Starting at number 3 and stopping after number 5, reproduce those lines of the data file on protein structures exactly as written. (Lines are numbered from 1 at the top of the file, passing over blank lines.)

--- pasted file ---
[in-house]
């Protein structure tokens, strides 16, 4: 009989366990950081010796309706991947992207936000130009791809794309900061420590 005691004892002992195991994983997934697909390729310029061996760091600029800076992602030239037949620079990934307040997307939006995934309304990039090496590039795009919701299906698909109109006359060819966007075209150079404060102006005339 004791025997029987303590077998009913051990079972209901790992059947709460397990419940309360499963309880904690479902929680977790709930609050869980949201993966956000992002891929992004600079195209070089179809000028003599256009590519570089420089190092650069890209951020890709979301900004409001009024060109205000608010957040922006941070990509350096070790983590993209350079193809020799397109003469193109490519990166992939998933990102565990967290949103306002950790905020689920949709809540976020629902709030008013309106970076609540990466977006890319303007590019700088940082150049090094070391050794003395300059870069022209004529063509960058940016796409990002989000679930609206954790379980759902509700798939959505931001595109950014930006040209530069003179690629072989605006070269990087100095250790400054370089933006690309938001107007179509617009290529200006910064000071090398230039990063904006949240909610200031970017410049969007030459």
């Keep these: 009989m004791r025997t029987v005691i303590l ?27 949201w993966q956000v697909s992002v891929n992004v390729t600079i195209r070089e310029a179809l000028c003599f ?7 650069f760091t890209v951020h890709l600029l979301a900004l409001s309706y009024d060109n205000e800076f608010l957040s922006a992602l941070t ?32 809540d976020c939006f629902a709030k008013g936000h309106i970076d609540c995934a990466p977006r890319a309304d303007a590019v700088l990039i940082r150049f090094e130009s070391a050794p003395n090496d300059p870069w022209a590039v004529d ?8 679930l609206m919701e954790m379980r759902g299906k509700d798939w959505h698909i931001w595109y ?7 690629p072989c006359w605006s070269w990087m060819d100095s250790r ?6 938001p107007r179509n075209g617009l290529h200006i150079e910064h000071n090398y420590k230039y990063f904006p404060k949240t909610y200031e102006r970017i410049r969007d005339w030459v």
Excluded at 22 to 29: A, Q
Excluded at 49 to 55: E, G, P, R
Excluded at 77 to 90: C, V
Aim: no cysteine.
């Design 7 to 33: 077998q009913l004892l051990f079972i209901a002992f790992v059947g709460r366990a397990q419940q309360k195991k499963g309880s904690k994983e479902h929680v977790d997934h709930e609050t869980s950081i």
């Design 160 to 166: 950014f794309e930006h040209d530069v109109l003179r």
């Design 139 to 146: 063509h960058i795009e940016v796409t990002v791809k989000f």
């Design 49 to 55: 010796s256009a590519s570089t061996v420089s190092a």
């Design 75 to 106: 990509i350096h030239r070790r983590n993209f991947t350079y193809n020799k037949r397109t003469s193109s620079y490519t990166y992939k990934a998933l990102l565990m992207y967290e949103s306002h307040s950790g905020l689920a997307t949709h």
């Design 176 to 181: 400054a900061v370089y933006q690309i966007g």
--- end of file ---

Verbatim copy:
């Keep these: 009989m004791r025997t029987v005691i303590l ?27 949201w993966q956000v697909s992002v891929n992004v390729t600079i195209r070089e310029a179809l000028c003599f ?7 650069f760091t890209v951020h890709l600029l979301a900004l409001s309706y009024d060109n205000e800076f608010l957040s922006a992602l941070t ?32 809540d976020c939006f629902a709030k008013g936000h309106i970076d609540c995934a990466p977006r890319a309304d303007a590019v700088l990039i940082r150049f090094e130009s070391a050794p003395n090496d300059p870069w022209a590039v004529d ?8 679930l609206m919701e954790m379980r759902g299906k509700d798939w959505h698909i931001w595109y ?7 690629p072989c006359w605006s070269w990087m060819d100095s250790r ?6 938001p107007r179509n075209g617009l290529h200006i150079e910064h000071n090398y420590k230039y990063f904006p404060k949240t909610y200031e102006r970017i410049r969007d005339w030459v």
Excluded at 22 to 29: A, Q
Excluded at 49 to 55: E, G, P, R